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Let us show the world what a life built on Christian freedom is like

In the Parliament Building on Saturday, at the 12th Congress of the Association of Christian Intellectuals (KÉSZ), Prime Minister Viktor Orbán said that in Central Europe today there is a cultural and civilisational life-force rooted in Christianity which contrasts with liberal democracies which have lost their sense of purpose. So far, Mr. Orbán stressed, Central Europe has successfully warded off the attacks of liberals who pose a threat to Christian freedom and who want to surrender Europe’s Christian culture, and it has also managed to curb the danger that poses a threat to Christian freedom from outside: the danger of migration.

The Prime Minister said: “Let us not be afraid to say out loud what everyone can see: Hungary is a city set on a hill, and we all know that it cannot be hidden. Let us rise to this mission, let us create it for ourselves, and let us show the world what a true, deep and higher order of life we can build upon the ideal of Christian freedom.” He observed that this might prove to be a lifebelt which even a confused, disoriented Europe plagued by fatal afflictions will reach out for.

The Prime Minister underlined that in Hungary a new model of state and political theory has come into being: a specifically Christian democratic state, on the path towards which there had been two bold steps, two political transformations. The first was in 1990, which put an end to the Soviet world; this was a liberal transformation, the era of liberation from oppression and occupation. As a matter of course, he added, this resulted in a liberal democracy, centred on liberation from something. At the same time he stressed that “there were some who already at that time recognised – you did sooner, I did later – that it wouldn’t be enough to say what we wanted to be free from. We would also need to answer the question of what we want to use freedom for.”

Mr. Orbán stated that this was why a second political transformation had to take place in 2010, when the new government did what former Prime Minister József Antall had suggested. He said that it enacted “constitutional revolution” with a two-thirds parliamentary majority, and that this second transformation has corrected and completed the first one, and given it meaning. The Prime Minister described this as a national and Christian political transformation, which has resulted in Christian democracy, with Christian freedom at its centre.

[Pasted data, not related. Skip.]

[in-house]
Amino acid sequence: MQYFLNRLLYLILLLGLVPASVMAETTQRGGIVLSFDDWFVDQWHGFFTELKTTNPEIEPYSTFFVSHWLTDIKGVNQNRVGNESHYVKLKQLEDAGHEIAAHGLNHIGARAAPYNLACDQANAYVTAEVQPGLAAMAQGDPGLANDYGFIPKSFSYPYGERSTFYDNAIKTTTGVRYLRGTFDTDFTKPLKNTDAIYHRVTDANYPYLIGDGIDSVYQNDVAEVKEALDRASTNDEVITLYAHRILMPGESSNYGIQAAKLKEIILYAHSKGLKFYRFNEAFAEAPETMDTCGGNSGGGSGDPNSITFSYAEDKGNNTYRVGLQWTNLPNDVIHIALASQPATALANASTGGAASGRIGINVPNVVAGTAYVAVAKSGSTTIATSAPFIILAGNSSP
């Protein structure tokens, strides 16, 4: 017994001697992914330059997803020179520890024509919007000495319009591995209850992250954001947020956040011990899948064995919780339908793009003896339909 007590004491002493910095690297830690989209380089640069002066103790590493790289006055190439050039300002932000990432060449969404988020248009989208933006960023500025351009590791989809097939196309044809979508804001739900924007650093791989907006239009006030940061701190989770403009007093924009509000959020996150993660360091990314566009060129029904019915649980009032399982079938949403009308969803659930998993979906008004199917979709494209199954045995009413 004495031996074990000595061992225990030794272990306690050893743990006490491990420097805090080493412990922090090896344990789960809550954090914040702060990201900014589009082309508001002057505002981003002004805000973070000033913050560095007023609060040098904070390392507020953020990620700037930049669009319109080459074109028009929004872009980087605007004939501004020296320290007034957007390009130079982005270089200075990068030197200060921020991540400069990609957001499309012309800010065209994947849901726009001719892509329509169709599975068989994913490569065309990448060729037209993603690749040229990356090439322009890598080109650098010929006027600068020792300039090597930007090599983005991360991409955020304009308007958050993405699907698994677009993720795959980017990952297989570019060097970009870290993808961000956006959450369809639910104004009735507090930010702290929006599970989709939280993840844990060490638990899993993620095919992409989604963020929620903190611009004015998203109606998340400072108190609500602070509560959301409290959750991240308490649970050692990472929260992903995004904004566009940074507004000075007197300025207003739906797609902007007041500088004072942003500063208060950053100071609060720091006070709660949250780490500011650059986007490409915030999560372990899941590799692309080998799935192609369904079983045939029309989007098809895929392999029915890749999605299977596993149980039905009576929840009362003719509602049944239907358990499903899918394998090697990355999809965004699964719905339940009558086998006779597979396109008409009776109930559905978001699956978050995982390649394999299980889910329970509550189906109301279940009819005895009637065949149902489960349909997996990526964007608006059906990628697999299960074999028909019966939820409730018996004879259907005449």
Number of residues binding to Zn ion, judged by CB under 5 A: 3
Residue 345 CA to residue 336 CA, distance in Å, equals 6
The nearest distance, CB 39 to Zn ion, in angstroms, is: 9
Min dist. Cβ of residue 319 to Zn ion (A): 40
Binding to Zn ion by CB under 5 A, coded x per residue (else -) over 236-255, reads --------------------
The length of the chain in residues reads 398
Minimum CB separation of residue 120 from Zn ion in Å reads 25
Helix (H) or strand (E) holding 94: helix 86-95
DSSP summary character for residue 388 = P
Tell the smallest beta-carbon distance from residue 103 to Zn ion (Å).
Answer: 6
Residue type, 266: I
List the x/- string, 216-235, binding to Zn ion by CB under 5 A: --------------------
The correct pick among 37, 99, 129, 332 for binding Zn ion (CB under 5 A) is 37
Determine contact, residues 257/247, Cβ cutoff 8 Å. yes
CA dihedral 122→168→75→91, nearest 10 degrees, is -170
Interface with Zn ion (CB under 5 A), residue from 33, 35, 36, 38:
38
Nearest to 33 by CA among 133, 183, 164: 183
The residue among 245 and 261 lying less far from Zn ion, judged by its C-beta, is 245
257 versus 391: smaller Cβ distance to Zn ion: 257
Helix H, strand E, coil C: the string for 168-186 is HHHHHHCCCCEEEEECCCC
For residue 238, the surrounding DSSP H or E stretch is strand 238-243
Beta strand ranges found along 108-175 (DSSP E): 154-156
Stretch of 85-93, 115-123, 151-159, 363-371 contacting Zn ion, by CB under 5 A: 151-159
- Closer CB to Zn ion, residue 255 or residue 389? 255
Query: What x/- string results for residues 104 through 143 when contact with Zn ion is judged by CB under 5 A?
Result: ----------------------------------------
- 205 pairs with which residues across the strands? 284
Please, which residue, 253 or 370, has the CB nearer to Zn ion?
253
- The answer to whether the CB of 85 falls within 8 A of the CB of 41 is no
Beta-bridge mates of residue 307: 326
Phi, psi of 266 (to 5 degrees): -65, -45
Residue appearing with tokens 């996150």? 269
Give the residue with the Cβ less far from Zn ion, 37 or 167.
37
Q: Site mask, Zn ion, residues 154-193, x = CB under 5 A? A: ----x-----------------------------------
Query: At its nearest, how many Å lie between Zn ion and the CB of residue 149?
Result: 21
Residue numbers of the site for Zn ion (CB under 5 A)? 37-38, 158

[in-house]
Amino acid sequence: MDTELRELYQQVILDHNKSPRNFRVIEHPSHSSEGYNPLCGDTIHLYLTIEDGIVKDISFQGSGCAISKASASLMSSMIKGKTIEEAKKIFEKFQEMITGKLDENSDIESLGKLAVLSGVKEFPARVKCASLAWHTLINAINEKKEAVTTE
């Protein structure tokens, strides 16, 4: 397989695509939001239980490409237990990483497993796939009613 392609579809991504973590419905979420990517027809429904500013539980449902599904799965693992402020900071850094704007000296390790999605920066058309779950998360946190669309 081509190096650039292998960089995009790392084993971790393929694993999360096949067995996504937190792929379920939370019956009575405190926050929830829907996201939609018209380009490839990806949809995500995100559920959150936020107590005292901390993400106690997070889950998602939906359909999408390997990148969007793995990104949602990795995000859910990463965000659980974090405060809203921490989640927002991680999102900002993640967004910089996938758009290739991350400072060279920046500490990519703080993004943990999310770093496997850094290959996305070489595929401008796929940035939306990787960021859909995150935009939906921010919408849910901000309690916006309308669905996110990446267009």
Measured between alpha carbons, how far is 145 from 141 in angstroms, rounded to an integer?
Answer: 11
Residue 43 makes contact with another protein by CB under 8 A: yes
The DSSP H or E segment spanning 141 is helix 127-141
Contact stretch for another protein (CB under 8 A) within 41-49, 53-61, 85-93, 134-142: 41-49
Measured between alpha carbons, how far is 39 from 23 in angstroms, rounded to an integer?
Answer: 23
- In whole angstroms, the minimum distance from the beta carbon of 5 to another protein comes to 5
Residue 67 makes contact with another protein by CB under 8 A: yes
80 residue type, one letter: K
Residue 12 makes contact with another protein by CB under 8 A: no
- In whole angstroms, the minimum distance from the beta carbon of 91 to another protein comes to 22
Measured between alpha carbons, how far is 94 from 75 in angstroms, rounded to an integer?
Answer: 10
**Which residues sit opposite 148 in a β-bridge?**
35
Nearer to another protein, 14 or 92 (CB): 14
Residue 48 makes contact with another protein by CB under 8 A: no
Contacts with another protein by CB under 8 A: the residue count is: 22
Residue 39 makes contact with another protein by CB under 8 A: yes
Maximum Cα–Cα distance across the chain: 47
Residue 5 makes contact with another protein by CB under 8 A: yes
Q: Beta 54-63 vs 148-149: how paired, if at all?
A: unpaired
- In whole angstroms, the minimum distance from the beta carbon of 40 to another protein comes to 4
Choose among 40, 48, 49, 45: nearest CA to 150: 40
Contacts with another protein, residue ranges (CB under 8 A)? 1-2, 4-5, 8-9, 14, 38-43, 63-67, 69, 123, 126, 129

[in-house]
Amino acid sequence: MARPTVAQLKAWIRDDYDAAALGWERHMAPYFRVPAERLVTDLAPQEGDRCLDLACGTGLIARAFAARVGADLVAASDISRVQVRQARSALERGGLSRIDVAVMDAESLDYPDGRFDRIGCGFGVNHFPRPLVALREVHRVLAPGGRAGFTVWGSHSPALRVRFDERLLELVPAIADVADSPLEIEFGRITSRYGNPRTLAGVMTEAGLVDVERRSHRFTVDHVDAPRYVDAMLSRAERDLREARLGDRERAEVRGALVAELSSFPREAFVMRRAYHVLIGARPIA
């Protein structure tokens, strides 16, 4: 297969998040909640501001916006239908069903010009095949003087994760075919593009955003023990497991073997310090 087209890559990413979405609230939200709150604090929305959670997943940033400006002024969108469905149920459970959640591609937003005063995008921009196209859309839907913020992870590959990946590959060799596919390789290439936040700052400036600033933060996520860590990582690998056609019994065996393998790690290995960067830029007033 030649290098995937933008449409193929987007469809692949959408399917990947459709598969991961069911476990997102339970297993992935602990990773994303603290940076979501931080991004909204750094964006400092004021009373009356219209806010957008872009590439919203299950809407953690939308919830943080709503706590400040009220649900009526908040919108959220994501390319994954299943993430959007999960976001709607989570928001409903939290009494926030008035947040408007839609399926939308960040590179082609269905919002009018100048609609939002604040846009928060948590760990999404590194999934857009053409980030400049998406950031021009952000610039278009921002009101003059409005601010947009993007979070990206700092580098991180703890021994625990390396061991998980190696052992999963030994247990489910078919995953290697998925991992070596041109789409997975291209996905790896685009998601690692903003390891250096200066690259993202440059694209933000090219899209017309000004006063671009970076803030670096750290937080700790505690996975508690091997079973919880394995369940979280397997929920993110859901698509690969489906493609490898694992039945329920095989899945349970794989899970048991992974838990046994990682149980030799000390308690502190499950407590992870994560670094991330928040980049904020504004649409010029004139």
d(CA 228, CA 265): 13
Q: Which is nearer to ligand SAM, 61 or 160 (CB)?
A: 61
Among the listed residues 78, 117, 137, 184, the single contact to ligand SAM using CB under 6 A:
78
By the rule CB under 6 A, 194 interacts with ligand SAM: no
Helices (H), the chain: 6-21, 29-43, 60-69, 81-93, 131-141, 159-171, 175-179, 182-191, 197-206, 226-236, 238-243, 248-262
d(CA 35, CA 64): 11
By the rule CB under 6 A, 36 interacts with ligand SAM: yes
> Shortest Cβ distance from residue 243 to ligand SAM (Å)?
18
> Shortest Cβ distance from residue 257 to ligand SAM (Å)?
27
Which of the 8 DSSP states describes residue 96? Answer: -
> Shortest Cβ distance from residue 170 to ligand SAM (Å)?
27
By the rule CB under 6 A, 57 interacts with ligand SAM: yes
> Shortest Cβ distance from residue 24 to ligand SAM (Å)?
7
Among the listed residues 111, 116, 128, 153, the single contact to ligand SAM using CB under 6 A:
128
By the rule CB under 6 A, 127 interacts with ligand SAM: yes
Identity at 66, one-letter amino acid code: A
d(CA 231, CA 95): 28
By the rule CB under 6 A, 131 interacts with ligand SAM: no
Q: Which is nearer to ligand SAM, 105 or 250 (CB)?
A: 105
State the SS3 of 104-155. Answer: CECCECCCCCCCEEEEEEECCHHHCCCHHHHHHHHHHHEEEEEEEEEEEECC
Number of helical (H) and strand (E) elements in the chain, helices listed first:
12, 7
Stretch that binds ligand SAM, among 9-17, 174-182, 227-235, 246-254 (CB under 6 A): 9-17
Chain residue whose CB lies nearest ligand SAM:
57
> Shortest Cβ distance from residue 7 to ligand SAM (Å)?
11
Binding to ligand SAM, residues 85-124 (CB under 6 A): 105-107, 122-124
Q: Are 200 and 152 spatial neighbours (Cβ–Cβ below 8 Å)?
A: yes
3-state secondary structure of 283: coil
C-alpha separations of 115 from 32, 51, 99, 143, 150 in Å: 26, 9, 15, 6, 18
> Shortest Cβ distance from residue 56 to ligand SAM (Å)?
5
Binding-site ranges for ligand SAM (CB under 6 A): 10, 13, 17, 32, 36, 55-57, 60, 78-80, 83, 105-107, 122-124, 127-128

Mr. Orbán spoke about the difference between liberal and Christian freedom, pointing out that the former states that the individual is free to do anything that does not violate the freedom of another individual, while the latter teaches that one should not treat others as you would not want them to treat you.

The liberal view of freedom, the Prime Minister said, states that individual actions are a private matter, and must not come under the moral scrutiny of the community. According to Christian freedom, however, recognition is due to those individual achievements which also benefit the community, such as: self-reliance; work and the ability to create and to make a living; learning; a healthy lifestyle; paying taxes; starting a family and raising children; the ability to orient oneself in the affairs and history of the nation; and participating in national self-reflection.

He continued by saying that, in the spirit of liberal internationalism, liberal democracy holds that liberal democracies must eventually merge, with the European Union serving as the European pillar of this world government, linked to “a United States following the principles of Soros and the Clintons”. He added that this would be the liberal empire built solely on common sense promoted in his time by the German philosopher Immanuel Kant.

In opposition to this, he pointed out, Christian freedom teaches that nations are free and cannot be forced to submit to laws of global governance. Empires necessarily oppress nations, and are therefore dangerous and not desirable.

Mr. Orbán said that while today the liberal zeitgeist is still dominant, the world order has been shaken, with a geopolitical realignment and a technological revolution taking place. European civilisation is facing decisive changes, he observed, and democracies built upon liberal freedom are no longer able to provide meaning for the continent. He stated that the Christian democratic answer to this new situation is that Europe has a clear civilisational mission: it must continually recreate Christian freedom.